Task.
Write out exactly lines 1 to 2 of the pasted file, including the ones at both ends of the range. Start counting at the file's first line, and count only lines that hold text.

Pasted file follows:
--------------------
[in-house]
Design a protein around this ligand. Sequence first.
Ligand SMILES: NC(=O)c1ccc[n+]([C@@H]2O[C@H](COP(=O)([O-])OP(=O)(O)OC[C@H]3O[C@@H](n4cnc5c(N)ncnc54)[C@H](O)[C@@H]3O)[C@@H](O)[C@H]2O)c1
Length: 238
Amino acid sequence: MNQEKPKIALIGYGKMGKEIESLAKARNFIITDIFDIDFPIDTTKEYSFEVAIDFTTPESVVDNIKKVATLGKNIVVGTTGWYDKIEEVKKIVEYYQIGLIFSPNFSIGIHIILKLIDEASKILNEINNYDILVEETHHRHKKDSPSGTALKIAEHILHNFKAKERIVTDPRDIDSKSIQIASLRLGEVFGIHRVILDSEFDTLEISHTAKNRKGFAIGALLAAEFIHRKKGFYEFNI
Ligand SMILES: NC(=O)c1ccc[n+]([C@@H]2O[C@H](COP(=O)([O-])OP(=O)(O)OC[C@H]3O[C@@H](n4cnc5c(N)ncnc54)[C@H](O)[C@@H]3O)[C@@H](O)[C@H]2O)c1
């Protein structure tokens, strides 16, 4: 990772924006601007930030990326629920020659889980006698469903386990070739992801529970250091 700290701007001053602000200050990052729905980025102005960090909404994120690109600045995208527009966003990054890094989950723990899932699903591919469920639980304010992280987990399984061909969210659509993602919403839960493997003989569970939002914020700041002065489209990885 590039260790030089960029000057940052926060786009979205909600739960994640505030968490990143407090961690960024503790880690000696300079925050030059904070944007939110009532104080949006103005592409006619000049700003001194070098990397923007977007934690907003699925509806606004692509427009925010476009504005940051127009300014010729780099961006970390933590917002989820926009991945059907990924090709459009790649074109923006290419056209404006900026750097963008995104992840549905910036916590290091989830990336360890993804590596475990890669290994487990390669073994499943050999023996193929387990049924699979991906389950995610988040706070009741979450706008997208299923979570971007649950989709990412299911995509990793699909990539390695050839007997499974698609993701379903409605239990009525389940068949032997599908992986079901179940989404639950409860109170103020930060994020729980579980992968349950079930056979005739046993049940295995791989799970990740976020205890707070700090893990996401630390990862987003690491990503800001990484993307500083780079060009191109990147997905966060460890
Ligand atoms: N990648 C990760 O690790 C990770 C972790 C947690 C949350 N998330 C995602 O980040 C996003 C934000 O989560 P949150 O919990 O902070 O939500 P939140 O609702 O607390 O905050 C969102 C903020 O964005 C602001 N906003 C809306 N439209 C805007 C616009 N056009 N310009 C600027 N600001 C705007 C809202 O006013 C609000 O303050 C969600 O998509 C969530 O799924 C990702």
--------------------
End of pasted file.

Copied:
[in-house]
Design a protein around this ligand. Sequence first.